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Патент USA US2057214

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Oct. 13, 1936.
E. B. SLEETER ET AL
2,057,214
ALTERNATING CURRENT MOTOR
Filed Aug. 27, 1932
2 Sheets-Sheet 1
Edward E. Sfeefer
Oct- 13, 1936-
E. B. SLEETER ET AL
2,057,214
ALTERNAT ING CURRENT MOTOR
Filed Aug. 27, 1932
JO
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54
2 Sheets-Sheet 2
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Edward .5. 5/882?!”
Calvin J Warner
2&3 24pm” AZMMW 0L 5%”
Patented Oct. 13, 1936
"
. 2,057,214
UNITEDISTATES PATENT OFFICE.
2,057,:14
ALTERNATING CURRENT Moron.
Edward B. Sleeter and Calvin J. Werner, Dayton,
Ohio, assignors, by mesne assignments, to Gen
eral Motors Corporation, Detroit, Mich., a cor
poration of Delaware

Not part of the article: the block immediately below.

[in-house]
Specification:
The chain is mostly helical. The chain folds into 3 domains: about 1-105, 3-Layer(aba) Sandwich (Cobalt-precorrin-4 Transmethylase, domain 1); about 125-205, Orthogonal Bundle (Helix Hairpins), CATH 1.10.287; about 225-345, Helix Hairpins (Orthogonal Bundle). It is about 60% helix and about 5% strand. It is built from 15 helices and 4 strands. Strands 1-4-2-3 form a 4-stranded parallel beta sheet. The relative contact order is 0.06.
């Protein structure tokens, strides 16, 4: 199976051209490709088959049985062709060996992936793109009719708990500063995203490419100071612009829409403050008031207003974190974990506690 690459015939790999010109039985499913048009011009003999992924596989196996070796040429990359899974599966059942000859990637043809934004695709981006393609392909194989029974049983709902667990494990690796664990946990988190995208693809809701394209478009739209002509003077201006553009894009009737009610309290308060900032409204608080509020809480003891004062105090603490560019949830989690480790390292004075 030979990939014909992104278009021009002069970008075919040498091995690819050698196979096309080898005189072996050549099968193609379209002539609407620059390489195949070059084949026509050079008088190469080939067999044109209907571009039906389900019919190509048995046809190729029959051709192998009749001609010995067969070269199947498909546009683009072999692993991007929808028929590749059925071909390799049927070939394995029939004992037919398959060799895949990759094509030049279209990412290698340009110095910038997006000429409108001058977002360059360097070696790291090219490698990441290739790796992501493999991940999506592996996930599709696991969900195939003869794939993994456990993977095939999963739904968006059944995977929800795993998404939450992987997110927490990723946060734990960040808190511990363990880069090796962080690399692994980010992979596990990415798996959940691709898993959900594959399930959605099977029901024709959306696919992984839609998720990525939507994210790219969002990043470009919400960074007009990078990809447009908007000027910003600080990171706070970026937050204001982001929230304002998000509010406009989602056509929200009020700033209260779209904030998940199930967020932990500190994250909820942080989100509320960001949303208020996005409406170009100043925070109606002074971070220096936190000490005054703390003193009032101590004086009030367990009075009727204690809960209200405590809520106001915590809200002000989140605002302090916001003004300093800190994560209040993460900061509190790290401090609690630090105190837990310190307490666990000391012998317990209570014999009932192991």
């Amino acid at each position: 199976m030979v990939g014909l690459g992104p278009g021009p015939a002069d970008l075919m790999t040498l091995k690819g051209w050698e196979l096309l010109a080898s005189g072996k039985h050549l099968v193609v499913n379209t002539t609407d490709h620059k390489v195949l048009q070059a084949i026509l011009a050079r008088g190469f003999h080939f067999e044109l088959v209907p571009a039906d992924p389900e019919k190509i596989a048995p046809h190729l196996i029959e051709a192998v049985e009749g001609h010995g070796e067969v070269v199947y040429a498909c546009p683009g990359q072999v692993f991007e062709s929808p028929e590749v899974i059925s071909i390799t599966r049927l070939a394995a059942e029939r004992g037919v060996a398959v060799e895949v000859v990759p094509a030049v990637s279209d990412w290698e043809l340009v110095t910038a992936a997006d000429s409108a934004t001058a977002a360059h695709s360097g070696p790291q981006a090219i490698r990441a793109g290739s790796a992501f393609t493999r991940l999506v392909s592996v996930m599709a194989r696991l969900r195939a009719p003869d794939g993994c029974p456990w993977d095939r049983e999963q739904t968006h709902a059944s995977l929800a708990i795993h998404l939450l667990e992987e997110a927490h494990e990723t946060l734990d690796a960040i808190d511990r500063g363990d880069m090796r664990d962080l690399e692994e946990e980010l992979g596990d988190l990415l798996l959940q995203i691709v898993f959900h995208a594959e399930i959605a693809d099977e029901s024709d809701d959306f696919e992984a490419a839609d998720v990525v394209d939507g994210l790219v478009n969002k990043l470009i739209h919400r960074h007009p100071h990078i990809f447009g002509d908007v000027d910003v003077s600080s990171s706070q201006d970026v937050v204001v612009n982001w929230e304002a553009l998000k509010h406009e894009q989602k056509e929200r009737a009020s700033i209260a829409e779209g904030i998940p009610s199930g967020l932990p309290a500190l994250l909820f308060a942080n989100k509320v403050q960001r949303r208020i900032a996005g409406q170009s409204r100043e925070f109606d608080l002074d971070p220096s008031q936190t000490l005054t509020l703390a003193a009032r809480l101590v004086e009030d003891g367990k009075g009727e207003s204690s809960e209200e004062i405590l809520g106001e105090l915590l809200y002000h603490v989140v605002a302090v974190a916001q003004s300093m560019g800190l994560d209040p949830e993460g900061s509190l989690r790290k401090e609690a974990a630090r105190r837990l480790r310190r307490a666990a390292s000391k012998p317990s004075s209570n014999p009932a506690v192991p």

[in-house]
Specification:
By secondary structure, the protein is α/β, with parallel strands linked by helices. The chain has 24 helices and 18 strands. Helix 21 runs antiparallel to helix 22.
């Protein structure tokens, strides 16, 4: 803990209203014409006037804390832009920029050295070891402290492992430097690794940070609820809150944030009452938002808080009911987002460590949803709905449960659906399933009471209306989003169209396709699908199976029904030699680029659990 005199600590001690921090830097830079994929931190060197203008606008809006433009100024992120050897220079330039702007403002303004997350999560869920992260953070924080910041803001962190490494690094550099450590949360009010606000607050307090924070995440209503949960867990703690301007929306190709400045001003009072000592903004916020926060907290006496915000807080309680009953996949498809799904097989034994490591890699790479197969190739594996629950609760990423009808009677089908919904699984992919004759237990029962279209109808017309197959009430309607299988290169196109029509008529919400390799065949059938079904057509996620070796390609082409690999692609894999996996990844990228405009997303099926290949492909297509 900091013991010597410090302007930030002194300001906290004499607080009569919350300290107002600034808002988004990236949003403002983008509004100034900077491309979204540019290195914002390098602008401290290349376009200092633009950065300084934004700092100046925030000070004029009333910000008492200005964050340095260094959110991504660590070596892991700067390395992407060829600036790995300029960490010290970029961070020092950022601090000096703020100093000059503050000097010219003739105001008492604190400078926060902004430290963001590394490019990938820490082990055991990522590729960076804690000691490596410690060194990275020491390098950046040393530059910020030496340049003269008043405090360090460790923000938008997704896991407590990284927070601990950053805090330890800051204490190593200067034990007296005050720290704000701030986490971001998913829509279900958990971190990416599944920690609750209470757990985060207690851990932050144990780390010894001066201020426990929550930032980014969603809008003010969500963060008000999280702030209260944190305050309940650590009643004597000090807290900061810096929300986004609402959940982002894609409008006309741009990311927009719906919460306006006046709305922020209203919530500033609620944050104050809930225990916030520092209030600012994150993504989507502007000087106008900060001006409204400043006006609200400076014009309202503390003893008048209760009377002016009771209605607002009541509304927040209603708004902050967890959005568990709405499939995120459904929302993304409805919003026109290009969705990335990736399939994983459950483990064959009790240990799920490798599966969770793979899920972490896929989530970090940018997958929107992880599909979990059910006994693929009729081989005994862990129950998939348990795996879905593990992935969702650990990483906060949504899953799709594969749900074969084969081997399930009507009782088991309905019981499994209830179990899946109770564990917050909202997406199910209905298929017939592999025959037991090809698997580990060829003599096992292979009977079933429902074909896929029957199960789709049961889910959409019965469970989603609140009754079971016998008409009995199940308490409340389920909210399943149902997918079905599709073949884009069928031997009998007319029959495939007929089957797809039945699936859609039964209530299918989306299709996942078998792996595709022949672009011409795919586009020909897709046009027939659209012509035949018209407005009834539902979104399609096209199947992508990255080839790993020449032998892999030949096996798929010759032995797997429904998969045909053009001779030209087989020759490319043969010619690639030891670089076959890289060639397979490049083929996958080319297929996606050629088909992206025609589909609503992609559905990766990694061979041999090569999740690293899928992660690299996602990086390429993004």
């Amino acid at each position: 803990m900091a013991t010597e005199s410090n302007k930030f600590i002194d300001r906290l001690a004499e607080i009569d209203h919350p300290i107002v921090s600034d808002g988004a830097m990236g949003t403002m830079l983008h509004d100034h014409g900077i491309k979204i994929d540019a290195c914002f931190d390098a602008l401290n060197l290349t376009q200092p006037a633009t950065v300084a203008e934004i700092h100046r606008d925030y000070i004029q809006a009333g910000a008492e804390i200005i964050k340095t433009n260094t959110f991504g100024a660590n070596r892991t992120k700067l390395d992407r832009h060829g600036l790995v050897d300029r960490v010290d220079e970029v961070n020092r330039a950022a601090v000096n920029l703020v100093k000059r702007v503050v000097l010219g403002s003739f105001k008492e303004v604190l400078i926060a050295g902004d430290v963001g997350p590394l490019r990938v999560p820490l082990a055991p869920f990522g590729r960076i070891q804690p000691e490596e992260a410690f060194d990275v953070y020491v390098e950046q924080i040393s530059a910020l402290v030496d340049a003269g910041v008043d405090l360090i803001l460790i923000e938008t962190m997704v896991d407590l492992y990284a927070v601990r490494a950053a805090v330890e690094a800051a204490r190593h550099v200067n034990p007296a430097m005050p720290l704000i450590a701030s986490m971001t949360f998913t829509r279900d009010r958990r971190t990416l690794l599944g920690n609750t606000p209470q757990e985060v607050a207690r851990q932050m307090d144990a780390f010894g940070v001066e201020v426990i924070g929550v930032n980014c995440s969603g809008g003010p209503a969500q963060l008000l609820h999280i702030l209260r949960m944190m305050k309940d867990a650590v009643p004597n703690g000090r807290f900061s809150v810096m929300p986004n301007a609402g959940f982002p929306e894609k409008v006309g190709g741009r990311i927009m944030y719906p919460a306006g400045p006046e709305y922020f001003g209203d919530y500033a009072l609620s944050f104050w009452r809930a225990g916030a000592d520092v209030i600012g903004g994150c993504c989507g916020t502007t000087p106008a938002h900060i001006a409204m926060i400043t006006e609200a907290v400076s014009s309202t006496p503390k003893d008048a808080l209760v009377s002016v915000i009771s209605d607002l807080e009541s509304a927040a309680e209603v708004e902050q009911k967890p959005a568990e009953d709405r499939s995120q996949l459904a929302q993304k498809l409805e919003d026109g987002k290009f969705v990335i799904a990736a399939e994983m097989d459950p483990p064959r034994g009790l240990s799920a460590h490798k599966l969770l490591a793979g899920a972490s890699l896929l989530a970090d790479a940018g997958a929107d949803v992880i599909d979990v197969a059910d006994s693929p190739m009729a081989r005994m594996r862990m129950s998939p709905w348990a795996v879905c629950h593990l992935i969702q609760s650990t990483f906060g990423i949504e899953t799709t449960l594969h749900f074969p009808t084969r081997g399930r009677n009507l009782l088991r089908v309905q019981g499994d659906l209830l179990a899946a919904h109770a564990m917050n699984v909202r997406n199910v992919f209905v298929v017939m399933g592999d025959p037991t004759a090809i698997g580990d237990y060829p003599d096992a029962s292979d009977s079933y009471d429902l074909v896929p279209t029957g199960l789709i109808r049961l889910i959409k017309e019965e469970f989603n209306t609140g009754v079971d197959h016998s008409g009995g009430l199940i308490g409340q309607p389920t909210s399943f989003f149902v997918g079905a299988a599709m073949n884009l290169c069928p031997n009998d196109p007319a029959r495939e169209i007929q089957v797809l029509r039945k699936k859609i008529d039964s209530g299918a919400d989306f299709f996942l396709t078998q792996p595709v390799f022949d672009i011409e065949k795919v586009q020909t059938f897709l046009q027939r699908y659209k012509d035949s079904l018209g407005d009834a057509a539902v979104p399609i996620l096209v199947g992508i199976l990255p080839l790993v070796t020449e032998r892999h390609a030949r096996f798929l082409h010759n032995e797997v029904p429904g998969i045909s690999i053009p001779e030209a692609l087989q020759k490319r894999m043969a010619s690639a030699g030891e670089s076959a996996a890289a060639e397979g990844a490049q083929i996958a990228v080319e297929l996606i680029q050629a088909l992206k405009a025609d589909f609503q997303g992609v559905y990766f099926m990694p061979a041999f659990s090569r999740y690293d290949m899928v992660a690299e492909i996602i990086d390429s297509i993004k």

Application August 27, 1932. Serial No. 630,626
17 Claims.
(Cl. 172-233)
This invention relates to electric motors, and
more particularly to a system utilizing condensers
or reactances in the starting and operation of al
are switched to a series combination in which
series combination the voltage across each of
the condensers is reduced to a value providing a
ternating current induction motors.
It is well known in the art that condensers have
substantial safety factor for the continuous op
eration of the condensers.
Another object of this invention is to provide a
system for starting and operating single phase
motors which, while having the characteristics
expressed above, permits a ratio of change in ca
pacity of the condensers between that for start 10
ing and that for running that is proportional to
the ratio of running reactance to'starting re
been used in series with one winding of a split
phase motor to produce a ?eld that is out of time
and space phase with the main ?eld, and through
this means produce a resultant rotating ?eld that
10 will cause the rotor of the motor to start rotating.
It is also well known that the capacity of the
condensers should be changed in order to obtain
the best characteristics when the motor has